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Sunday, 16 September 2012

Leeds Castle

 
Leeds Castle, built in 1119, served as a Norman stronghold in the county of Kent. It stands on three islands in a man-made lake. This is the barbican, or gatehouse, leading into Leeds Castle Island.
 

In 1278 King Edward I came into possession of the Castle. As his favourite residence, he put considerable resources into restoration. It is thought that he was responsible for the creation of the lake and moat from the nearby River Len in the 13th century.
 

The Tudor castle that stands today is the result of major rebuilding completed in 1823.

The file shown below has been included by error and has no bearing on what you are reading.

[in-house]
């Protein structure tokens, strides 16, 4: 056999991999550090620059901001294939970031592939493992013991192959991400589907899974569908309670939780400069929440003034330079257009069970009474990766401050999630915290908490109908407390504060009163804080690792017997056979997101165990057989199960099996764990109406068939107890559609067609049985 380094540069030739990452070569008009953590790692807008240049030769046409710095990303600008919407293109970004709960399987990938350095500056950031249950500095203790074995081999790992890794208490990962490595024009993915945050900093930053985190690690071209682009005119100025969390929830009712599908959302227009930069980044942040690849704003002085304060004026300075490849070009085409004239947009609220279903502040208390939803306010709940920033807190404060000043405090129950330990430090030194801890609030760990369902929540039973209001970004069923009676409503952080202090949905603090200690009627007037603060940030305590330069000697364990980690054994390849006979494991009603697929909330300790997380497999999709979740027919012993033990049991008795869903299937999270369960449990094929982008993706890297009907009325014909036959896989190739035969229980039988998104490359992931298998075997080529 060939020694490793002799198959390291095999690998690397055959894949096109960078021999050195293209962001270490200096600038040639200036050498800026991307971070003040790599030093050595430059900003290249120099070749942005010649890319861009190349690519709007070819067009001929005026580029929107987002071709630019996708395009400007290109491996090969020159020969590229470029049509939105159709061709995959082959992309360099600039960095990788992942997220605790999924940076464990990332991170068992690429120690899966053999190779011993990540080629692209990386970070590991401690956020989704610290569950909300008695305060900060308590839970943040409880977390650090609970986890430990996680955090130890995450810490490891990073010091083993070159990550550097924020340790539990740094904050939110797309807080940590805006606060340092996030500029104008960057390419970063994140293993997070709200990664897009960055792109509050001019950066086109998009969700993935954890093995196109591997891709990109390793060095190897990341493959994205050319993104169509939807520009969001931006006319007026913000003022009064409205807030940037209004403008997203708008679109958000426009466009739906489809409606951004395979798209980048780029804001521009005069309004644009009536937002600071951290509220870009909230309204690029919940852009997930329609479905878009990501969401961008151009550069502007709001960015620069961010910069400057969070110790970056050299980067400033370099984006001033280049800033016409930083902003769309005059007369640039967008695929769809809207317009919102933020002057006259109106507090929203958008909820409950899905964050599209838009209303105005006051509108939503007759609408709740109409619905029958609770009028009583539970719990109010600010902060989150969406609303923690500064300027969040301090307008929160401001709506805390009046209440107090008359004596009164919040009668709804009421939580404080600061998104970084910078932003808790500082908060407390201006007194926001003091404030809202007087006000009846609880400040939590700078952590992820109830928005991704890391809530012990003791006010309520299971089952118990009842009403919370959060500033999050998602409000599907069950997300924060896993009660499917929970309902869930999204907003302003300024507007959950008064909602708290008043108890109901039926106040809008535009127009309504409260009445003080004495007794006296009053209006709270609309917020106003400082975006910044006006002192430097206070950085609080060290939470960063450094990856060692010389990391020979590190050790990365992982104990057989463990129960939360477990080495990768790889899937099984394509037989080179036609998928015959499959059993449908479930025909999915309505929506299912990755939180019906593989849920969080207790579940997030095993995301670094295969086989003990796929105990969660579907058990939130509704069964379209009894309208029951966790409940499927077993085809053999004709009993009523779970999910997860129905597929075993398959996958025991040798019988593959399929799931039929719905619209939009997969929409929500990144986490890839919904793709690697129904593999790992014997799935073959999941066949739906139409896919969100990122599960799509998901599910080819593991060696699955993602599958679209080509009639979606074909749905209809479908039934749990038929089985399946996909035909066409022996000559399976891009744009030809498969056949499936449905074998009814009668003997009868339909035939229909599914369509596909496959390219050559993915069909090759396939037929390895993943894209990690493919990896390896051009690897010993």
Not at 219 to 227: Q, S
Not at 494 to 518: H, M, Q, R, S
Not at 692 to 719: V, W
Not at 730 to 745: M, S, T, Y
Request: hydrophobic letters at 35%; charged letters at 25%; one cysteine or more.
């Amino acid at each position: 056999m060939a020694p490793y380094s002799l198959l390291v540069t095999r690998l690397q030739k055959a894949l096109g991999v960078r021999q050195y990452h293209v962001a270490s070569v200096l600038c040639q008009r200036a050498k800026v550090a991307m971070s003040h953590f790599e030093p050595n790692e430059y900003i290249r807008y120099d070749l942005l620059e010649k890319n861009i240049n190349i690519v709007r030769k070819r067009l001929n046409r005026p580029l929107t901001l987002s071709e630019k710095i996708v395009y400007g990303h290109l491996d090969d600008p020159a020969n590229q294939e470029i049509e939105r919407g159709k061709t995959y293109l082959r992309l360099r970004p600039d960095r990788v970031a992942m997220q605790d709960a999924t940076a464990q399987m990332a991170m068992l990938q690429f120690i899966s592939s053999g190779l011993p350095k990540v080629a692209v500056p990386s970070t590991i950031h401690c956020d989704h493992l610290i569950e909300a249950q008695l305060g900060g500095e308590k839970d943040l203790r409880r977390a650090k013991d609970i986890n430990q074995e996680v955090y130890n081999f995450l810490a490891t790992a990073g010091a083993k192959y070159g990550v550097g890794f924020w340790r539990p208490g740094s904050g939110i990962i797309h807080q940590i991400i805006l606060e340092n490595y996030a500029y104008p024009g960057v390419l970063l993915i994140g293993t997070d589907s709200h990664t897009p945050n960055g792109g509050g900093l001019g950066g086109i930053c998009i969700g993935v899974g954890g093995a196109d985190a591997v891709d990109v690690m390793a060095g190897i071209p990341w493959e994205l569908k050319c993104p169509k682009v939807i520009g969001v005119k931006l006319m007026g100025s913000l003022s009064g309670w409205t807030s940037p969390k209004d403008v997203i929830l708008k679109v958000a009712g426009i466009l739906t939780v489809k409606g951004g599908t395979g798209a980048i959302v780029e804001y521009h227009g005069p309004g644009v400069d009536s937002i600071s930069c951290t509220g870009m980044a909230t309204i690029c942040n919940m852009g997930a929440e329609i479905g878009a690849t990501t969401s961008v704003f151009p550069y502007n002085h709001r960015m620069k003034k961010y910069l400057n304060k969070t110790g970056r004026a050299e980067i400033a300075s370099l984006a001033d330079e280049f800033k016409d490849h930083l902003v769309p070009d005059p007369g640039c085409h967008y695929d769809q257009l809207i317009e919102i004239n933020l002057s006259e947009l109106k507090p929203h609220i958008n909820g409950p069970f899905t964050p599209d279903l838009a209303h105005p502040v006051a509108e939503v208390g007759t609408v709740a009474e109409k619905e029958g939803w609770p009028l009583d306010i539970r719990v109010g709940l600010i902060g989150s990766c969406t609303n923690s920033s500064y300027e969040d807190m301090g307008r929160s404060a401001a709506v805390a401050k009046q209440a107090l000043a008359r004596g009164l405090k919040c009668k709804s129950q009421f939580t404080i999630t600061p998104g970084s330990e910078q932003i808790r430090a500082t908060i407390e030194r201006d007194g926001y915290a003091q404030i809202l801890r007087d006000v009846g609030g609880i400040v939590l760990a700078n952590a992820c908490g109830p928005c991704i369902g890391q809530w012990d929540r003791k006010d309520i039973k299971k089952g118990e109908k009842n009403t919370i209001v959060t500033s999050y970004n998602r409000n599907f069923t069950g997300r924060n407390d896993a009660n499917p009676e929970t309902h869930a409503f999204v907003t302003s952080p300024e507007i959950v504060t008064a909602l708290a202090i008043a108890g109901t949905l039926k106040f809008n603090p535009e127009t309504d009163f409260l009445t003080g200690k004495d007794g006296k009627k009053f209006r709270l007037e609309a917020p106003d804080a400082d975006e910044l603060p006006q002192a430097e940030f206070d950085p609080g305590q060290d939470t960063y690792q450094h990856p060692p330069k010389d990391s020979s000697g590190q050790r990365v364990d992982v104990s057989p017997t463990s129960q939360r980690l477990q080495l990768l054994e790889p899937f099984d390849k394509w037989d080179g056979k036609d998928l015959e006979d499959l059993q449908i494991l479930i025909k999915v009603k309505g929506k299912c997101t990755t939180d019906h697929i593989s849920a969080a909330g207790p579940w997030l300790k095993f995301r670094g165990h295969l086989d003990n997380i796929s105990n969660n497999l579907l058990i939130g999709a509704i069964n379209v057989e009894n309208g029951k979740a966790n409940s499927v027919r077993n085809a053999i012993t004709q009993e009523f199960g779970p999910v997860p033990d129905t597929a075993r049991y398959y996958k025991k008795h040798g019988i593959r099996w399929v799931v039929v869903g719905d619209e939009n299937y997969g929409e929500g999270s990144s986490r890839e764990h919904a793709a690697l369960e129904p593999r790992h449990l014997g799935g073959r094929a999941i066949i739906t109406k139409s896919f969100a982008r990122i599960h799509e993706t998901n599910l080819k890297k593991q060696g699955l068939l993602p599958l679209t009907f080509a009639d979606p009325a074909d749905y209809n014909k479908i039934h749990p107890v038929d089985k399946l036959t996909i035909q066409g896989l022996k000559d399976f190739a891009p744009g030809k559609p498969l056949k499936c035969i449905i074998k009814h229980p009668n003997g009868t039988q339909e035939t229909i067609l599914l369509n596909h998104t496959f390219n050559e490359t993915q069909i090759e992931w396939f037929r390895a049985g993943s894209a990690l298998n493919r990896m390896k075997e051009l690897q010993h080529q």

Leeds Castle has been a fortress as well as the private property of six medieval queens and kings, including Henry VIII. Above is the fireplace in the Henry VIII banqueting hall in which had bay windows installed to take advantage of the pastoral views.
 




Over centuries Leeds Castle passed from royal hands into ownership by various wealthy families.



Lady Baillie, the last private owner, undertook major improvements in the interiors. She entertained lavishly in the castle and its 500 acre parkland. Upon her death in 1974, a private charitable trust was established to preserve the castle and grounds for the benefit of the public.

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